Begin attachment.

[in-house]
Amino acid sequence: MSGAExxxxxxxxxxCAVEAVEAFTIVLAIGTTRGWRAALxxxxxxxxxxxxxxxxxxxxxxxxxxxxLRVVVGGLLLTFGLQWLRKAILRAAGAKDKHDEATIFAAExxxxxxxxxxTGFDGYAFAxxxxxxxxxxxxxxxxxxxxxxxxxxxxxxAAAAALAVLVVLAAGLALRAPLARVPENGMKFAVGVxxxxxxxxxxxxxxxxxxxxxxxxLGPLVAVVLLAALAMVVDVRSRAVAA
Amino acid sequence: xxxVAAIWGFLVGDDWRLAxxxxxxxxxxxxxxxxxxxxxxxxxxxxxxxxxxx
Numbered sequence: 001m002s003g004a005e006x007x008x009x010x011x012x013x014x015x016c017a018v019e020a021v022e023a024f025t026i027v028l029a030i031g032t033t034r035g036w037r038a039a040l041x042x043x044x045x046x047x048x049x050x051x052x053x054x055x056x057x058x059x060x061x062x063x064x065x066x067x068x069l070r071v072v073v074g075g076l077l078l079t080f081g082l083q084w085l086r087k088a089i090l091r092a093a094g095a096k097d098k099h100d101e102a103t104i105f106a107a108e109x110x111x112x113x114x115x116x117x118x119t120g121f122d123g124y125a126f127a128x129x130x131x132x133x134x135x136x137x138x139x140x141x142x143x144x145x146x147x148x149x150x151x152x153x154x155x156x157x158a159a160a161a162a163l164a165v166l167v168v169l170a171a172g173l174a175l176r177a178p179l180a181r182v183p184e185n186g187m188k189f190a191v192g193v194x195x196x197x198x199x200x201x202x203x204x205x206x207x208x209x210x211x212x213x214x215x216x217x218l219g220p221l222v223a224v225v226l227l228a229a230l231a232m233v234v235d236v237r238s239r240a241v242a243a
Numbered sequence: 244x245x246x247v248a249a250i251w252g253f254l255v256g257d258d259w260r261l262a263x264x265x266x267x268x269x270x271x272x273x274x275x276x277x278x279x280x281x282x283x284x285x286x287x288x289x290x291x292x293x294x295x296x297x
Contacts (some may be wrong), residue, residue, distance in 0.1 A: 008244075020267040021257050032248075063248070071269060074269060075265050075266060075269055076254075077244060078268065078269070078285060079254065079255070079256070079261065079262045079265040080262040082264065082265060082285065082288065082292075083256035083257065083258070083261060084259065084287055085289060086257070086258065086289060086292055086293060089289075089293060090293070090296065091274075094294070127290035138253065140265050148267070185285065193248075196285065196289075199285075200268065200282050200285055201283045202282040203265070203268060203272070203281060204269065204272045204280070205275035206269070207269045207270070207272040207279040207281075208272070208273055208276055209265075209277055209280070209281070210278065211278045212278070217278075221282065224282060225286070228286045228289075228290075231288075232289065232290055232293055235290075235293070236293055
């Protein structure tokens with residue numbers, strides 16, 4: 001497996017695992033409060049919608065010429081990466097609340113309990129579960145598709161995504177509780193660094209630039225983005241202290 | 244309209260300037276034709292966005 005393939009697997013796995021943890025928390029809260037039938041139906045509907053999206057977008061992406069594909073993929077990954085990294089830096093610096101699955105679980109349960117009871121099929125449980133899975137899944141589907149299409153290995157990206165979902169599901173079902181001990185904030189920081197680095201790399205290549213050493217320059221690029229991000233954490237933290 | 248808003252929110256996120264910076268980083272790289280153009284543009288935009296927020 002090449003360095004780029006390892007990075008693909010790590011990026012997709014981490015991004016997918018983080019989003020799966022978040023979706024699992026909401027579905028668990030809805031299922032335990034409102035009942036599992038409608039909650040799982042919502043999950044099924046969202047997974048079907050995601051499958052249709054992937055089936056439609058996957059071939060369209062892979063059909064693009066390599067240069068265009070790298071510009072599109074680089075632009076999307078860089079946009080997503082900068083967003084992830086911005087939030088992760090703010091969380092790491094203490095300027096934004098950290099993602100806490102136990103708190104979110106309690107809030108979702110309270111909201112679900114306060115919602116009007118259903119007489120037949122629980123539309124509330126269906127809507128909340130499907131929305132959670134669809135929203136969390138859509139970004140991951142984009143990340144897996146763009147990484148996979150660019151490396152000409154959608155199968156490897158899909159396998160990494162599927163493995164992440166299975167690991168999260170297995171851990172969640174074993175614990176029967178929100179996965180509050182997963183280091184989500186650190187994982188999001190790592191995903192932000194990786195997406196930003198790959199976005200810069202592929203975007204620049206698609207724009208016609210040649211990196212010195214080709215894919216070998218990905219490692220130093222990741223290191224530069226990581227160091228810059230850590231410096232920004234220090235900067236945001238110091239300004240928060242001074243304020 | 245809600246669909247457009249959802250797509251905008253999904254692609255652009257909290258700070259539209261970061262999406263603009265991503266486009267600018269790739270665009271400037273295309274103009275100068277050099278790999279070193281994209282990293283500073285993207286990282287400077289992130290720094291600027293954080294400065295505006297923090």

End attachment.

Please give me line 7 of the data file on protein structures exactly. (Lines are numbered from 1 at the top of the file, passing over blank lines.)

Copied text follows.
């Protein structure tokens with residue numbers, strides 16, 4: 001497996017695992033409060049919608065010429081990466097609340113309990129579960145598709161995504177509780193660094209630039225983005241202290 | 244309209260300037276034709292966005 005393939009697997013796995021943890025928390029809260037039938041139906045509907053999206057977008061992406069594909073993929077990954085990294089830096093610096101699955105679980109349960117009871121099929125449980133899975137899944141589907149299409153290995157990206165979902169599901173079902181001990185904030189920081197680095201790399205290549213050493217320059221690029229991000233954490237933290 | 248808003252929110256996120264910076268980083272790289280153009284543009288935009296927020 002090449003360095004780029006390892007990075008693909010790590011990026012997709014981490015991004016997918018983080019989003020799966022978040023979706024699992026909401027579905028668990030809805031299922032335990034409102035009942036599992038409608039909650040799982042919502043999950044099924046969202047997974048079907050995601051499958052249709054992937055089936056439609058996957059071939060369209062892979063059909064693009066390599067240069068265009070790298071510009072599109074680089075632009076999307078860089079946009080997503082900068083967003084992830086911005087939030088992760090703010091969380092790491094203490095300027096934004098950290099993602100806490102136990103708190104979110106309690107809030108979702110309270111909201112679900114306060115919602116009007118259903119007489120037949122629980123539309124509330126269906127809507128909340130499907131929305132959670134669809135929203136969390138859509139970004140991951142984009143990340144897996146763009147990484148996979150660019151490396152000409154959608155199968156490897158899909159396998160990494162599927163493995164992440166299975167690991168999260170297995171851990172969640174074993175614990176029967178929100179996965180509050182997963183280091184989500186650190187994982188999001190790592191995903192932000194990786195997406196930003198790959199976005200810069202592929203975007204620049206698609207724009208016609210040649211990196212010195214080709215894919216070998218990905219490692220130093222990741223290191224530069226990581227160091228810059230850590231410096232920004234220090235900067236945001238110091239300004240928060242001074243304020 | 245809600246669909247457009249959802250797509251905008253999904254692609255652009257909290258700070259539209261970061262999406263603009265991503266486009267600018269790739270665009271400037273295309274103009275100068277050099278790999279070193281994209282990293283500073285993207286990282287400077289992130290720094291600027293954080294400065295505006297923090």